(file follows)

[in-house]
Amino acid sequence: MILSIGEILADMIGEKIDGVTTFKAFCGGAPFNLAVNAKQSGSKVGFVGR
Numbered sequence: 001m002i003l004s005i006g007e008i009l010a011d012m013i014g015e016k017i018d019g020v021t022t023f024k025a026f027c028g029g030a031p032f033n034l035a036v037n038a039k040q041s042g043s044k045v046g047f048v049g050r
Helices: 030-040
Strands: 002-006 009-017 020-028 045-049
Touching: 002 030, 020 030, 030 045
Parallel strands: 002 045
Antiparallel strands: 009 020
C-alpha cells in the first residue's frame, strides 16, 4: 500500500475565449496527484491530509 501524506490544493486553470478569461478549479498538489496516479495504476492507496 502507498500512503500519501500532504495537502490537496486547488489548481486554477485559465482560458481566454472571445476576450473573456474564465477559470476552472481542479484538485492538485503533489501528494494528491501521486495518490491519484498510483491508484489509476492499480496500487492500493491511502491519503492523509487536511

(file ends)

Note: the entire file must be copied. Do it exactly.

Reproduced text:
[in-house]
Amino acid sequence: MILSIGEILADMIGEKIDGVTTFKAFCGGAPFNLAVNAKQSGSKVGFVGR
Numbered sequence: 001m002i003l004s005i006g007e008i009l010a011d012m013i014g015e016k017i018d019g020v021t022t023f024k025a026f027c028g029g030a031p032f033n034l035a036v037n038a039k040q041s042g043s044k045v046g047f048v049g050r
Helices: 030-040
Strands: 002-006 009-017 020-028 045-049
Touching: 002 030, 020 030, 030 045
Parallel strands: 002 045
Antiparallel strands: 009 020
C-alpha cells in the first residue's frame, strides 16, 4: 500500500475565449496527484491530509 501524506490544493486553470478569461478549479498538489496516479495504476492507496 502507498500512503500519501500532504495537502490537496486547488489548481486554477485559465482560458481566454472571445476576450473573456474564465477559470476552472481542479484538485492538485503533489501528494494528491501521486495518490491519484498510483491508484489509476492499480496500487492500493491511502491519503492523509487536511